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Obituary: Lord Ballyedmond’s vision created a global empire

Edward Haughey, pictured in 2005.

Edward Haughey, pictured in 2005.

He was a tycoon who once described himself in an interview as “elated by success, and educated by failure”.

He was also, in his own words to the News Letter in 2008, a man who was “prepared to be unreasonable” to get what he wanted.

Edward Haughey, also known as Lord Ballyedmond, was a self-made multi-millionaire whose vision and business acumen meant that, by the time of his death this month, he stood astride a pharmaceutical empire operating on an international scale.

Having grown up on a family farm north of Dundalk, he travelled to the USA at age 19 and worked for a medicine firm before returning in 1969.

He set up his own company, Norbrook, in Newry that year.

Five years later it was granted its first patent, then went on to develop links in Asia, Africa and eastern Europe.

Today Norbrook – which deals in both human medicine and products for farm animals – bills itself as the largest privately-owned pharmaceutical company on Earth.

His other business ventures included being chairman of Cumberland Breweries Ltd and of Haughey Air, a charter helicopter company ferrying clients to events such as the Ascot races and the G8.

That firm’s chief pilot was among the three others, besides Lord Ballyedmond, who died in the helicopter crash on March 13 in Norfolk.

He was one of the richest men in Northern Ireland – if not the richest outright – and last year’s Sunday Times Rich List cited him as being worth £860m.

But he was also a political figure too; albeit one who seldom occupied the spotlight.

The website TheyWorkForYou.com, which keeps a record of the activities of Lords and MPs, notes just two speeches in his almost decade-long stint as a member of the House of Lords.

One fellow peer had said he often seemed somewhat “ill at ease” in the chamber, and in his first address he confessed to feeling “like a blushing maiden”.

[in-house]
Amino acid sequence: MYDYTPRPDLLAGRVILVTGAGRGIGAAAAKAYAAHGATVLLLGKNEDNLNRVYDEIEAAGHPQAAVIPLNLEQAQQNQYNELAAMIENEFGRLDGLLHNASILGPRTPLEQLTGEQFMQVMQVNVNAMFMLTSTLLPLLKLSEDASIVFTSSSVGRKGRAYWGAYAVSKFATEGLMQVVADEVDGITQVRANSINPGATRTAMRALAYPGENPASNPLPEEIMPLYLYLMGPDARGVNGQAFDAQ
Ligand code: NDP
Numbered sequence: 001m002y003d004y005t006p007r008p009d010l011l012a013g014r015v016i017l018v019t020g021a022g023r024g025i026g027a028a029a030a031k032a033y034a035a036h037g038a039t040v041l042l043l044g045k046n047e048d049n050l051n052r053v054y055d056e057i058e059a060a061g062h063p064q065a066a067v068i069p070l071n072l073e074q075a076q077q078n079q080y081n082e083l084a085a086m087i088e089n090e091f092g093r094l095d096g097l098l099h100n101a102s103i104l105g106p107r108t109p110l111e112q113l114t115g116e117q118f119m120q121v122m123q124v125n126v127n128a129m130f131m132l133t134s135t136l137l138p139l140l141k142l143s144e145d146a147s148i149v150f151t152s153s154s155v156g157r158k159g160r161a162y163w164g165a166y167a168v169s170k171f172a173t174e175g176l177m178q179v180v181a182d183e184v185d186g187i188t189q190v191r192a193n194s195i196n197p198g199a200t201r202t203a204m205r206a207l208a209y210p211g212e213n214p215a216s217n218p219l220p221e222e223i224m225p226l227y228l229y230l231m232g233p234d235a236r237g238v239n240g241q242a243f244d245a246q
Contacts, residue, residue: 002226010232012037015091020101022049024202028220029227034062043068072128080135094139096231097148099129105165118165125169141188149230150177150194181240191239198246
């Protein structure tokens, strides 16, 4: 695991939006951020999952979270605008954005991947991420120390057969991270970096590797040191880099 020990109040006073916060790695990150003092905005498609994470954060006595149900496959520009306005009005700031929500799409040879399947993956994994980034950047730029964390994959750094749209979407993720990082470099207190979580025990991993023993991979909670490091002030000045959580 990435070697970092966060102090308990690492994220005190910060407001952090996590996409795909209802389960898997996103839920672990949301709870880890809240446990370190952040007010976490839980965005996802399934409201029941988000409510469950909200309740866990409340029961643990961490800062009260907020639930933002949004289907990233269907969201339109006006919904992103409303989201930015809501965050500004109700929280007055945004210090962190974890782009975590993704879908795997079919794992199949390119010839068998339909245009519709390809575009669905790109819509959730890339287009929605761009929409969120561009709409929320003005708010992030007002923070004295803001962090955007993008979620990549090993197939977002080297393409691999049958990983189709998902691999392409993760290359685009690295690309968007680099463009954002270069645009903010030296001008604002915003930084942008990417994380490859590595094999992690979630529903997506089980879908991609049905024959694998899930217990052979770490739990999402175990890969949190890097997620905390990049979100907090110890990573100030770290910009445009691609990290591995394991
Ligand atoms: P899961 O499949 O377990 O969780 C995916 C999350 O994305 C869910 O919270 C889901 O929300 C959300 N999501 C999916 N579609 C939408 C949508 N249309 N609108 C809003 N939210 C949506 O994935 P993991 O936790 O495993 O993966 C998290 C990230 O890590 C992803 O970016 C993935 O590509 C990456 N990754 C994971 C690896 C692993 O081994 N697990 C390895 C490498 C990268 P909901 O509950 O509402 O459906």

In terms of his interests and beliefs, he is listed as casting a consistent vote on two topics: climate change (which saw him vote in favour of laws to combat it), and EU integration (which he had voted strongly against).

In his second and final address to the House in May 2006, he had spoken against the Assisted Dying for the Terminally Ill Bill; essentially a pro-euthanasia bill.

But before his move to the Lords – in which he had sat first as an Ulster Unionist peer then later as a Conservative – he had been a member of Ireland’s Upper House, the Seanad, having been nominated by Taoiseachs Albert Reynolds and Bertie Ahern.

In a contrast to his later unionist and Tory affiliations, he was listed during both terms (spanning from 1993 to 2002) as sitting under the banner of Fianna Fail; the republican party founded by Eamon De Valera to which Ahern and Reynolds belonged.

He is reported to be perhaps the only person to have sat in the Upper Houses of both the UK and Ireland.

His status came with a price too – in 2006, dissident republicans reportedly placed a bomb in a house being built for him just south of the Armagh border. The device failed to properly detonate.

Among the accolades he earned during the course of his life were an OBE (for Services to Industry), an Honorary Doctorate of Law from the National University of Ireland and an Honorary Doctorate of Science from the University of Ulster.

Born on January 5, 1944, he was 70 at the time of his death.

He is survived by wife Mary, daughter Caroline and sons Edward and James, plus three grandchildren.

Lord Ballyedmond’s funeral mass will be at 11.30am in Newry Cathedral on Monday.

It is open for all to attend.

He will be buried at Kilcurry parish cemetery, Co Louth.

On Sunday a funeral mass will be held for Declan Small, Lord Ballyedmond’s foreman who perished in the crash.

It will be in St Patrick’s, Mayobridge, at 1pm. It is likewise open for all to attend.

 

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